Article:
This is for GBE2 Prompt 77 Beginnings
You want to grab someone’s attention from the first line. This is true for an article, a story, an essay, a novel. You need a hook. This particular prompt is going to be about some of my favorite first lines.
The worst thing about knowing Gary Fairchild had been dead for a month was seeing him every day at work.— The Silicon Mage by Barbara Hambly
This line is creepily fantastic. It gives you back story and sets the mood. It draws you in and then throws you completely off kilter. The first time I read this book, I was three pages in before I realized it.
Chick with a harp. —Gossamer Axe by Gael Baudino
“Wait,” I can hear you say. “What makes this a great hook?”
Well, it’s in the juxtaposition of “chick” and “harp.” The view point character is seeing someone who is unusual and fantastic. (By fantastic, I mean in the sense of being strange, mysterious and magical, not in the sense of “great.”) The girl is the gun in the first act, and the protagonist of the story. We get the outsider perspective first, then we meet the girl, and we find she’s the one who is the outsider by a couple thousand years.
“Shape a chain,” Elmeene said, handing Jerlayne an iron bar three-fingers thick and as long as her forearm. “Twenty links, all the same, and nothing left over.”—Jerlayne by Lynn Abbey
That is supposed to be your reaction. “What,” and also “how.” Reading this line, you realize that this is a test, one that Jerlayne needs to pass. You become invested in finding out the “how” and the “what,” and you continue reading to see if she passes this test and you continue reading to see what she gets if she succeeds or fails.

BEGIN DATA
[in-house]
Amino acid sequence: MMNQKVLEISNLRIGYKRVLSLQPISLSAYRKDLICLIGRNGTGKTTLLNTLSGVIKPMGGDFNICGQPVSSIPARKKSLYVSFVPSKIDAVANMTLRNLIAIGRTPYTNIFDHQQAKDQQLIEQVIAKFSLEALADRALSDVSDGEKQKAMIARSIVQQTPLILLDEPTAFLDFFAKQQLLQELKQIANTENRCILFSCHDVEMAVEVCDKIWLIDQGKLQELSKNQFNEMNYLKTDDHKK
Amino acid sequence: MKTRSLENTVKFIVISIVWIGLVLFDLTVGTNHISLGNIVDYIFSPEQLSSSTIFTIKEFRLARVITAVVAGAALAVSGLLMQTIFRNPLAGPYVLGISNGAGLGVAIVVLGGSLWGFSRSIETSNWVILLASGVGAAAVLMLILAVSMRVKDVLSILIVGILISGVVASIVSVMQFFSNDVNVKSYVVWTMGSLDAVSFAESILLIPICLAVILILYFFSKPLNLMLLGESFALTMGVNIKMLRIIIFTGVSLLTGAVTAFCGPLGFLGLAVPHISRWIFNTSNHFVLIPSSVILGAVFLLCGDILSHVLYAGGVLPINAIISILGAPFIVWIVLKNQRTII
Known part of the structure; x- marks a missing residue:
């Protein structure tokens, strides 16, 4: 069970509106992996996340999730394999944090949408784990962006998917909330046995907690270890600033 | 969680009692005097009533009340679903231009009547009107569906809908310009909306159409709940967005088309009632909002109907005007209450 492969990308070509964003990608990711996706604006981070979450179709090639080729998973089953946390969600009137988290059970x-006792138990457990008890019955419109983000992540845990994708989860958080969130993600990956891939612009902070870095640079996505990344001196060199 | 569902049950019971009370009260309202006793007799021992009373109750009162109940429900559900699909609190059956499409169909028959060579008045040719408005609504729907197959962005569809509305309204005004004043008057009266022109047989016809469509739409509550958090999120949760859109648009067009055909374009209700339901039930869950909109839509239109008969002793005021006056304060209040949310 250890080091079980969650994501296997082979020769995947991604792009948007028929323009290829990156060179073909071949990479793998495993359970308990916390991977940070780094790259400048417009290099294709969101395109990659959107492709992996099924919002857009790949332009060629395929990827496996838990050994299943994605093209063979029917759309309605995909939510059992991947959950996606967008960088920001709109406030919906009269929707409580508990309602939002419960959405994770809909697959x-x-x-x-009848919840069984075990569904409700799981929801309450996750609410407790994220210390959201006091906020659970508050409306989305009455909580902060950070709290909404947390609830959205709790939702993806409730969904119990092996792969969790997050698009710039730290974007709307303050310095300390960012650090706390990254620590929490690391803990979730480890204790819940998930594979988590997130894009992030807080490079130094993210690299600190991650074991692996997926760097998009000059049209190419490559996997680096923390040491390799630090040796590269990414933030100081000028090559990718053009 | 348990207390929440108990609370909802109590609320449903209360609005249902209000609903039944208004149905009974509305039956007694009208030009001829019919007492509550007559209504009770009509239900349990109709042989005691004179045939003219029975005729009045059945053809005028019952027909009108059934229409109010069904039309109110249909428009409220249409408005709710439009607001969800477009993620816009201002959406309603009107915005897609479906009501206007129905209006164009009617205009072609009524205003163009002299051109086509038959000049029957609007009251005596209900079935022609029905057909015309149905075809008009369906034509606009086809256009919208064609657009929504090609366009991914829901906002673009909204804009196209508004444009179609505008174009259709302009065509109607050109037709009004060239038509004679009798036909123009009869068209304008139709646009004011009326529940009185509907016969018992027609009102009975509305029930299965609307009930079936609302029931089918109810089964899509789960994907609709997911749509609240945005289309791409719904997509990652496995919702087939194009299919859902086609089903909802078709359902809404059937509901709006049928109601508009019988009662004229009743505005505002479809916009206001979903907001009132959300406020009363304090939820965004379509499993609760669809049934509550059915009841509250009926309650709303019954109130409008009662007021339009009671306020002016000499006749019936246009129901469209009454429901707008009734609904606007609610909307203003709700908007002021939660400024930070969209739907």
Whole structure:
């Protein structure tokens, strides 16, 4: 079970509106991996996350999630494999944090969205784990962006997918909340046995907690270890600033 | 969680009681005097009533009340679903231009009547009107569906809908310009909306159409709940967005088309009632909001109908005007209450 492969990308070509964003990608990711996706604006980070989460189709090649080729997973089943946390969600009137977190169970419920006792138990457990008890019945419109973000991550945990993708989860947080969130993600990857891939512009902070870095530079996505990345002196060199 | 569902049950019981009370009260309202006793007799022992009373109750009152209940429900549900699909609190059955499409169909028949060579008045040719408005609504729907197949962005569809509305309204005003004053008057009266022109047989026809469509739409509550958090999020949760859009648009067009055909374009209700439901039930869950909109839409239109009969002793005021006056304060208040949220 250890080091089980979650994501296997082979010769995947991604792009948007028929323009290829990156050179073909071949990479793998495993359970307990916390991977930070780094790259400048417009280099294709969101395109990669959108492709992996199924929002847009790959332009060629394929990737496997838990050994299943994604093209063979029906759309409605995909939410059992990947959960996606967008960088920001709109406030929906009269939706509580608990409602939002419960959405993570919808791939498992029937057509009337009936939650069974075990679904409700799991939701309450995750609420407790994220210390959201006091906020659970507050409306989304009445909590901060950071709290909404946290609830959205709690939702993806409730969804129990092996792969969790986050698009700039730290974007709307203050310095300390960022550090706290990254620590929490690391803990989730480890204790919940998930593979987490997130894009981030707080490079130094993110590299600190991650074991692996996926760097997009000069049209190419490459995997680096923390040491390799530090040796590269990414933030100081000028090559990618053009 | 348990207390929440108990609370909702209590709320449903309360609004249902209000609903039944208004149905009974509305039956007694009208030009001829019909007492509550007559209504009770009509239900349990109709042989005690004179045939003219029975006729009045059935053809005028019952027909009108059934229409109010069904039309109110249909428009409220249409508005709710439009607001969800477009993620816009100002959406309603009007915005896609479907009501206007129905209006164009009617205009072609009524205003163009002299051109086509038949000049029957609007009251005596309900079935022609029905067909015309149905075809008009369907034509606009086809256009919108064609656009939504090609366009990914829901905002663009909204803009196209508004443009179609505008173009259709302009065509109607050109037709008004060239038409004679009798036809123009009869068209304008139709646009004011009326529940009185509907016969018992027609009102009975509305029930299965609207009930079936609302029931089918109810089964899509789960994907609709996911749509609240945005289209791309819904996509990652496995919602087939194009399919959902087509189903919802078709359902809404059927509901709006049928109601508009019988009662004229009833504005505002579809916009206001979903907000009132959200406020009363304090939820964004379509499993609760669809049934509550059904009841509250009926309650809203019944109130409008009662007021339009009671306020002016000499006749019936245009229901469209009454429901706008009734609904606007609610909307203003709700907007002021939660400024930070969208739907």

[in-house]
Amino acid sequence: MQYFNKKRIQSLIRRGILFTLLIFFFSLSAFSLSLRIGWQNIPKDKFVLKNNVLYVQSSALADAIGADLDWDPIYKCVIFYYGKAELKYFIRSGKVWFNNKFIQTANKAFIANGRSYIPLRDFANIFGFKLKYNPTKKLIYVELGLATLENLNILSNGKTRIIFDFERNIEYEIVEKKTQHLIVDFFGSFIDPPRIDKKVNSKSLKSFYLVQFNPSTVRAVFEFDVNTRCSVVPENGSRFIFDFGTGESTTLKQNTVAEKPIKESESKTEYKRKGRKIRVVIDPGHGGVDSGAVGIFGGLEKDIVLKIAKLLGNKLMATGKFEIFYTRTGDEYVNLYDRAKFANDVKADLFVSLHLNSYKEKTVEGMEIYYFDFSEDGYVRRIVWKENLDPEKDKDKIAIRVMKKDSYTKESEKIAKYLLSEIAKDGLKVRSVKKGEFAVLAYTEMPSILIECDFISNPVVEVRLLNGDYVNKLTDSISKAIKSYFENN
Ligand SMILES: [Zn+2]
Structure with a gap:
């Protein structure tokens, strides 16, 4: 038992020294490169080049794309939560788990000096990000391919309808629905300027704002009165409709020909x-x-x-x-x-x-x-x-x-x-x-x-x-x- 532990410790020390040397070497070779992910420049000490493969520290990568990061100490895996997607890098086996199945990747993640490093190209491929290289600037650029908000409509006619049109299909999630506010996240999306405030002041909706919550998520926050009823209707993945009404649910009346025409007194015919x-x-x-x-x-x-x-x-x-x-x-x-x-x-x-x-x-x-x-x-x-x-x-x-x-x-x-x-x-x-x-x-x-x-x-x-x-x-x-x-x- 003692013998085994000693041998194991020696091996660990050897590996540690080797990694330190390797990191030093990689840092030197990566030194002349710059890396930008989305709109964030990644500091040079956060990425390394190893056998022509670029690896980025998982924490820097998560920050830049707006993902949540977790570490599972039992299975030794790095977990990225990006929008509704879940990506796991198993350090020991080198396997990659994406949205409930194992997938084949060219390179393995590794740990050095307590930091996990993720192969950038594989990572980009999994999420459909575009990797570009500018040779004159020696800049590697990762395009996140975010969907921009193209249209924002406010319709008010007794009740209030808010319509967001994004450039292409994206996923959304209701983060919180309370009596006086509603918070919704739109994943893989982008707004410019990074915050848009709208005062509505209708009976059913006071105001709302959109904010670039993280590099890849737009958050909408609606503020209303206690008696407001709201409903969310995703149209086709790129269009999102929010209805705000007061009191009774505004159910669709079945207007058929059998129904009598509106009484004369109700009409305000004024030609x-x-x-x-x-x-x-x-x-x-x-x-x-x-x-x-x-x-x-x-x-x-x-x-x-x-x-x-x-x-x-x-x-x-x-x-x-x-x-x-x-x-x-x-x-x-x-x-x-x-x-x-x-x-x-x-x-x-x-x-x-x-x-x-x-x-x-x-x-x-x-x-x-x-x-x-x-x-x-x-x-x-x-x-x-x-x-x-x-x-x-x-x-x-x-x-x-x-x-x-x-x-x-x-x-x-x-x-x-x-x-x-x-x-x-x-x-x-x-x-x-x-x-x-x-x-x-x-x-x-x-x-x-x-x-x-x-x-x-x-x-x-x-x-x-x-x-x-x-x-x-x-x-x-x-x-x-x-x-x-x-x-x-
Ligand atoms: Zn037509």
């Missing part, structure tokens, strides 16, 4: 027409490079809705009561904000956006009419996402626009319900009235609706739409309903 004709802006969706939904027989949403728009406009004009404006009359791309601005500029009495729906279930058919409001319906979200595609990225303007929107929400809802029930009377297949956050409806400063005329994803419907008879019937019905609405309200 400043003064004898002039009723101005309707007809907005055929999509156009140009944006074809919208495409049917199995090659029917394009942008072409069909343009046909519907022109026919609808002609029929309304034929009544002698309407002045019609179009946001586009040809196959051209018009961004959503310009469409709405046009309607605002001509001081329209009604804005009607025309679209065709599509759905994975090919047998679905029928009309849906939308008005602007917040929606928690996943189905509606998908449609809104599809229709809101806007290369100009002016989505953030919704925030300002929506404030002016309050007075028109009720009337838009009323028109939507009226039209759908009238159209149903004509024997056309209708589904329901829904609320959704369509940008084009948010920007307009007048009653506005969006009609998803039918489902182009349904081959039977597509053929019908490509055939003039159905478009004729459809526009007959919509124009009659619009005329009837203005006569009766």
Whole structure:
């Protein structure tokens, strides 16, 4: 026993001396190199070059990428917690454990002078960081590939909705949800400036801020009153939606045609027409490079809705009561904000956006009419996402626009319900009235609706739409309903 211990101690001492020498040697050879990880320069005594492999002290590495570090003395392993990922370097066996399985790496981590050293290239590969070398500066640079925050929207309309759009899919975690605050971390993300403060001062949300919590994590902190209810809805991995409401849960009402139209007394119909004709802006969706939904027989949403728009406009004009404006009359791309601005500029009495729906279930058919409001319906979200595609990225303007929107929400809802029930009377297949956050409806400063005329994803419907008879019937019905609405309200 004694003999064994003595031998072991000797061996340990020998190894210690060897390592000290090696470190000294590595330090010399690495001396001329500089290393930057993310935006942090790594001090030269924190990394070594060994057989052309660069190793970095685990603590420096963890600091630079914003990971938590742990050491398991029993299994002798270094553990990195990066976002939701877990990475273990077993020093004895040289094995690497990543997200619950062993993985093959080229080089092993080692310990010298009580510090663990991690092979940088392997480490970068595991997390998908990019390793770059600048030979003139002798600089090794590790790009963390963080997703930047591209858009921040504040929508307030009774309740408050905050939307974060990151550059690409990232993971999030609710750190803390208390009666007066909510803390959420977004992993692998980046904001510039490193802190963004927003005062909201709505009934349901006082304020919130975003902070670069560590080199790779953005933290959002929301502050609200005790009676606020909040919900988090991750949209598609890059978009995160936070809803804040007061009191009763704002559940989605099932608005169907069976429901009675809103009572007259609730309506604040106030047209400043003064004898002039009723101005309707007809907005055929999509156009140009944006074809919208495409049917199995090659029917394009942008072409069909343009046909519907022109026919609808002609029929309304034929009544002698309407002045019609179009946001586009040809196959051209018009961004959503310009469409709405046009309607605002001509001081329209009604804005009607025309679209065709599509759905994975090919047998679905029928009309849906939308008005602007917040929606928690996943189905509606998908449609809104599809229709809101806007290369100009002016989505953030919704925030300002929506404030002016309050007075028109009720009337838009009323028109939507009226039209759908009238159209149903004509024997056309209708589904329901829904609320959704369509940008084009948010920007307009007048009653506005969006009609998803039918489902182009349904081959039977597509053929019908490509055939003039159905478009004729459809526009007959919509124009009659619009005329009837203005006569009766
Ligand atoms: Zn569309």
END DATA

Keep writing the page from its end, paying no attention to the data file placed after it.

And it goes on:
Some two hundred miles to the north and east of Adrilankha there lies a mountain, shaped as if by the hand of a megalomaniac sculptor into the form of a crouching grey dzur. —Taltos by Steven Brust
This is a more subtle thing. This is the first line, but the punch line is in the next few lines. Still, we get a very good idea of the protagonist in this bit. This line and the ones following it are what got me into this book and persuaded me to read the rest of the series.
The hills rolled up to the moon on slopes of wind-bent grass into tangled brier shadows.— Godstalk, by P.C. Hodgell
First, let me say that I really, really don’t like purple prose. Descriptive, poetic sentences in the hands of someone who has very little idea of what they are doing are utterly obfuscating and annoying. Hodgell knows what she is doing. Her prose is dense and delicious, chocolate cake with raspberries. The first line pulled me right in and her quirky characters and wryly dark humor kept me reading.